The Reverend Kyle L. Doustou
First Sunday of Advent – Year B
November 30, 2014
“Lord, Make us Turn to You”
The days are noticeably shorter and darker. That cold northern wind blows its frozen breath everywhere we go. The snow and the ice are piling up all around. These are the stark realities of winter, and whether we like it or not, it will be like this for some time yet. So we stoke up the fireplace and turn up the furnace; we put on double layers of clothing; we nestle under fleece blankets and burn our tongues with piping hot cocoa. We’ll do whatever we must to chase the bitter sting of winter away, lessening its chilly blow and countering its icy cold attack with warmth and merriment. It’s good that we do these things…we might not survive otherwise. But the harshness of winter is not simply a long annual inconvenience that we try to make the best of…it’s a reminder. Nature itself, whose author is the Lord God Almighty, reflects the inner struggle and turmoil of the human condition. Just as nature undergoes periods that are severe and harsh, so too is it the case with the human heart. The power of sin affects and infects our lives, in very obvious ways and sometimes in subtle ways. An adulterous affair can ruin a family just as fast and devastatingly as a tornado can rip apart a house…but even a little bit of hatred can destroy one’s own heart as thoroughly and subtly as a slight, but constant temperature change can destroy an entire crop. Abortion, murder, idolatry, blasphemy, fornication, missing Sunday Mass, perjury, envy, hatred, pride, lying…these and so many other sins that we and others commit surround us. Sometimes they are obvious and sometimes they are not, but they are present, creating storms and harsh winters, wreaking havoc and destroying lives. They make our days shorter and darker, and like snow and ice, they just keep piling up. We know how to chase the sting of winter away…but do we know where to turn to warm ourselves up in the winter that is sin?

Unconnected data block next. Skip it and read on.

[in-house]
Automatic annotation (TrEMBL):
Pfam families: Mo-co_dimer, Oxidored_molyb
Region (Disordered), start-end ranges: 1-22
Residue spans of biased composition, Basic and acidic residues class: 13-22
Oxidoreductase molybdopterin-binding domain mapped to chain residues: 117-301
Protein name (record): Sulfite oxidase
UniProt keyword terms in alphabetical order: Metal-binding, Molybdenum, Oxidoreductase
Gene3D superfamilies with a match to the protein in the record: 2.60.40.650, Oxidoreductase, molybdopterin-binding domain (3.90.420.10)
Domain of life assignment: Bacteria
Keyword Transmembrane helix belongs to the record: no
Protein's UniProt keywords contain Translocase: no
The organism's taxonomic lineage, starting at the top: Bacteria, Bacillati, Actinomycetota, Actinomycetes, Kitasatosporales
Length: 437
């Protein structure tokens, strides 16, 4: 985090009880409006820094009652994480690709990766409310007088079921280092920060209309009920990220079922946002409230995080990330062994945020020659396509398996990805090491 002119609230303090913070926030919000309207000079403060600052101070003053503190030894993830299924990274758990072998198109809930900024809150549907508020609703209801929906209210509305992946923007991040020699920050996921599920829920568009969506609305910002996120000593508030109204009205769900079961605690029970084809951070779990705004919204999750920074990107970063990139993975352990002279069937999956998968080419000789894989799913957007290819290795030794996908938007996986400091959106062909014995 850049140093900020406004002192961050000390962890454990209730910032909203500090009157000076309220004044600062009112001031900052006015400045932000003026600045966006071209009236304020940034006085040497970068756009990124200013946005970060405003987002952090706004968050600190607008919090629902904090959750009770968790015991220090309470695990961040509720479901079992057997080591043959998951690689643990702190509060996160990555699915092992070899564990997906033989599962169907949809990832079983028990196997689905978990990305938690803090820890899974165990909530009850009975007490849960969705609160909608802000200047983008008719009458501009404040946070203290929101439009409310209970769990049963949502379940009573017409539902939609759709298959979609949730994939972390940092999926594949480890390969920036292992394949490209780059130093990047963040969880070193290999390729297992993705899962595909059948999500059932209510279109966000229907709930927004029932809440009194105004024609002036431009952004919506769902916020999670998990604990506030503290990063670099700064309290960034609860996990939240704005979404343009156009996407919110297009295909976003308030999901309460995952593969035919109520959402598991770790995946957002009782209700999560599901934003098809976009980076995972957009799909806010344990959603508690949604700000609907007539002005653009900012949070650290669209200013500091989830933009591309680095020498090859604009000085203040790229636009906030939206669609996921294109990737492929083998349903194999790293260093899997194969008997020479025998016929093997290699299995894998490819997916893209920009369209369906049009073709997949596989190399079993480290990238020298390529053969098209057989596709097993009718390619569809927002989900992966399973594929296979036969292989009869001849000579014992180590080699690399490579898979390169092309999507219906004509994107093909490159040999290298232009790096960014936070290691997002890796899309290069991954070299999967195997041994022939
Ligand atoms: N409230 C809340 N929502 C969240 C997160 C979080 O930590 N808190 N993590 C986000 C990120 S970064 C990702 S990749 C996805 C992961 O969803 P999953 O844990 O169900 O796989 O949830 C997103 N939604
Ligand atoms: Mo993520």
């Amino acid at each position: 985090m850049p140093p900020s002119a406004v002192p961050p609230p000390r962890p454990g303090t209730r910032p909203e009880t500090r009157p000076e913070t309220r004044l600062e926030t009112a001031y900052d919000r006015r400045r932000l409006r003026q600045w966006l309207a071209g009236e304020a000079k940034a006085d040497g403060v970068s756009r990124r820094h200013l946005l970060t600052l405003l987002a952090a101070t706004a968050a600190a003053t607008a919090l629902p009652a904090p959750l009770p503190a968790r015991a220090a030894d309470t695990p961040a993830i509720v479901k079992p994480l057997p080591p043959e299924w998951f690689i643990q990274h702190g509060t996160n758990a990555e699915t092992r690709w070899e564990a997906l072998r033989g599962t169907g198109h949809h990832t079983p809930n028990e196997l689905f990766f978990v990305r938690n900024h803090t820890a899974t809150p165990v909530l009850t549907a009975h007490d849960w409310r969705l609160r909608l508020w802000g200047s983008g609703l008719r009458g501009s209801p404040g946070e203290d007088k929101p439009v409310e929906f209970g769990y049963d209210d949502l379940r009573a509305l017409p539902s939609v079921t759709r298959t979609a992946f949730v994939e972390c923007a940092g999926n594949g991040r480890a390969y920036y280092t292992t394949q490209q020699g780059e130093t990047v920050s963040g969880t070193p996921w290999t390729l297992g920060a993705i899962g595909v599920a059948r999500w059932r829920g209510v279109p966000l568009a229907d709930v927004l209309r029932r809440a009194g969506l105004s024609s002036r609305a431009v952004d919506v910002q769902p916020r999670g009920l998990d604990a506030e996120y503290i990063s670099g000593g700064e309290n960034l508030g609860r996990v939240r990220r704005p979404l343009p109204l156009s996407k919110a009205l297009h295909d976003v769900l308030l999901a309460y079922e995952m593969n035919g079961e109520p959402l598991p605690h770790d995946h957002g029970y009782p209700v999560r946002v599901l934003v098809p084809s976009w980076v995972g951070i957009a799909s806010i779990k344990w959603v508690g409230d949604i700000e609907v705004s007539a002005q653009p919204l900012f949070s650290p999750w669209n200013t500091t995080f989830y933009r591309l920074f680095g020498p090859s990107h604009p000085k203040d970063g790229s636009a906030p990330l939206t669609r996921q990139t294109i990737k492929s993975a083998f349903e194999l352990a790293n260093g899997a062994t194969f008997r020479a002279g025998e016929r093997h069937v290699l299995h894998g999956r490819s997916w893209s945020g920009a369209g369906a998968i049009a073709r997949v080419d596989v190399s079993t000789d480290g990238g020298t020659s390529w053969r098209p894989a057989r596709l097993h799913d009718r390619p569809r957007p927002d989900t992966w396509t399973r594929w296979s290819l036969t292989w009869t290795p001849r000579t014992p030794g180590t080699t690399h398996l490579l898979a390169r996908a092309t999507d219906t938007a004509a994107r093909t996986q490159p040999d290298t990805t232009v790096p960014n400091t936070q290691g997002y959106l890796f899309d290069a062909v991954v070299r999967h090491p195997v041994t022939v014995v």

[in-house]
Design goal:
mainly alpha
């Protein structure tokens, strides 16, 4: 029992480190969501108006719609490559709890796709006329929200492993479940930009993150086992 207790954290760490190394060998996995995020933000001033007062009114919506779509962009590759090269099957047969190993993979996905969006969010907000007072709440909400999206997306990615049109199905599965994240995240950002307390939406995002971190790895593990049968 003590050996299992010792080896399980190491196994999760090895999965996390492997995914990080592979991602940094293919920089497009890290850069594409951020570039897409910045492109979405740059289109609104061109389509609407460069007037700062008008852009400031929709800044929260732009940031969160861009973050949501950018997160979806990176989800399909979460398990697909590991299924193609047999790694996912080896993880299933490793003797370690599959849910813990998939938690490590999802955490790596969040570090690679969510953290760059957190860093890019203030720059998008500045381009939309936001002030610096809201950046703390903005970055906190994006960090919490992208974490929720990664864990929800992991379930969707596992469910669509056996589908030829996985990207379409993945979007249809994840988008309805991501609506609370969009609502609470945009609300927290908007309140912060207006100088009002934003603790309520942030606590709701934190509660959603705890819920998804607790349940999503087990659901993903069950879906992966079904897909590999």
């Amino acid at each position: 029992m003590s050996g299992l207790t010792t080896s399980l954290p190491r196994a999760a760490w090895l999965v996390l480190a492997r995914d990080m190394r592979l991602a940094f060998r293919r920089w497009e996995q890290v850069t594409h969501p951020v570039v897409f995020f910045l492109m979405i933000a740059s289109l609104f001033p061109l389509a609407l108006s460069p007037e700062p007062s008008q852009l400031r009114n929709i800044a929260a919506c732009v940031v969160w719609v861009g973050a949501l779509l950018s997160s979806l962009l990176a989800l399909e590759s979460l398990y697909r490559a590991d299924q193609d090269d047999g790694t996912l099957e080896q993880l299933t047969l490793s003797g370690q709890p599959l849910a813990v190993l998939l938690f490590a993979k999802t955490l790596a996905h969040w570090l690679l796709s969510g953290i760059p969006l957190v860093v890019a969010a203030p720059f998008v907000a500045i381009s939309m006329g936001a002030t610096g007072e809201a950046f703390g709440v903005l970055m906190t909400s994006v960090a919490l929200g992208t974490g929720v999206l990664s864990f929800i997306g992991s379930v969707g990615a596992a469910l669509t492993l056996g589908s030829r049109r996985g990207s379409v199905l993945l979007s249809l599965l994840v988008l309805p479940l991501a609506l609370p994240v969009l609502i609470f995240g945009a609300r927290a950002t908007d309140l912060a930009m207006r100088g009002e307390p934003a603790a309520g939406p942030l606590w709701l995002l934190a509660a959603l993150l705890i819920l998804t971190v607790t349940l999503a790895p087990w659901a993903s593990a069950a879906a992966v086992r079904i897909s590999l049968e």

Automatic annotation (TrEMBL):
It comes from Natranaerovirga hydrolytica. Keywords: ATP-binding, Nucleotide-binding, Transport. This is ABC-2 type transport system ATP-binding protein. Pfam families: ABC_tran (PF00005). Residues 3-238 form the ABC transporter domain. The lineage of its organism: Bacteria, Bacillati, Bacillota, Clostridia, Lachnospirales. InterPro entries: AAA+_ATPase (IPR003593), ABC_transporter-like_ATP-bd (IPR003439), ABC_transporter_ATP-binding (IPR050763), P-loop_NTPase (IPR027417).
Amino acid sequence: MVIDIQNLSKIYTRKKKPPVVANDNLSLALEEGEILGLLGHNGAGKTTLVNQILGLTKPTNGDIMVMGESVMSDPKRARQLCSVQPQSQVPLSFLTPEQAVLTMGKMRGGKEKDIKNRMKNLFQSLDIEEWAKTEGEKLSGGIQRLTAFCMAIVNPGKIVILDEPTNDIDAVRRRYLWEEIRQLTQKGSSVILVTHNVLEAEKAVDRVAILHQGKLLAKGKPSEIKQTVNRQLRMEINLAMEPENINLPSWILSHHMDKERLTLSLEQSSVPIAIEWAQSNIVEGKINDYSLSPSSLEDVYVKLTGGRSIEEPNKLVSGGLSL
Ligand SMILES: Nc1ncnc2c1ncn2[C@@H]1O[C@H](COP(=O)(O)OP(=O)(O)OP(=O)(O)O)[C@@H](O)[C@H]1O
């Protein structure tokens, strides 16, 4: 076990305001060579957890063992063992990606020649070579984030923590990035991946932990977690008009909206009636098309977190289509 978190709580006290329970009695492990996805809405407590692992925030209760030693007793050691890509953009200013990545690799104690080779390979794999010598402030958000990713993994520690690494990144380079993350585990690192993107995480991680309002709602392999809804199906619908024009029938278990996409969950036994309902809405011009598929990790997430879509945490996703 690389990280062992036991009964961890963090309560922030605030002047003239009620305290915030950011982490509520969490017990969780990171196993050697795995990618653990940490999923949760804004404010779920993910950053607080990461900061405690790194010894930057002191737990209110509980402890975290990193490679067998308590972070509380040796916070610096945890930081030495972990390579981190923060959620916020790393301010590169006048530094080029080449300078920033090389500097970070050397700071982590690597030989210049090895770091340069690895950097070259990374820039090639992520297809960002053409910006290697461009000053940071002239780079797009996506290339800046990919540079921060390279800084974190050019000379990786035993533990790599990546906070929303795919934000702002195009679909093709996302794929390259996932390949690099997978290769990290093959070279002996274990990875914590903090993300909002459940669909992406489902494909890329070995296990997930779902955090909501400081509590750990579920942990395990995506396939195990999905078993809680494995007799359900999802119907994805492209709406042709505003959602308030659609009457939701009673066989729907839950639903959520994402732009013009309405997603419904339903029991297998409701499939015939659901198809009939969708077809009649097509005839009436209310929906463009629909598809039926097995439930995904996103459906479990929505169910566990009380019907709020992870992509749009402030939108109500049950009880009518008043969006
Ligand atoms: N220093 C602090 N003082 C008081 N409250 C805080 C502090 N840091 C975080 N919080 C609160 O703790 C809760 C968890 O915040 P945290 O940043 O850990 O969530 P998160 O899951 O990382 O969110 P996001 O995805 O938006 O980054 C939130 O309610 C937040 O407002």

Many people consider Advent to be the proximate preparation for the great feast of Christmas. This is not untrue. We make Advent wreaths and calendars to count down the days and the weeks…we shop and bake and decorate our homes…we visit family members…we even immerse ourselves in Scripture reading and reflect on the wonderful stories surrounding the birth of the Christ Child. These are all wonderful and important things…but, if we let it, Advent does something more. It situates us in the muck of sin, helping us to become more and more aware of the iciness that infects our own souls, and then it orients us…it turns us to Christ, the all-consuming light Who alone can conquer the misery of our darkness. No amount of Christmas cheer, or good deeds, or personal resolutions to become a better person can accomplish in the human heart what Christ alone can do. If we are to survive the winter of sin, we must turn to the Lord.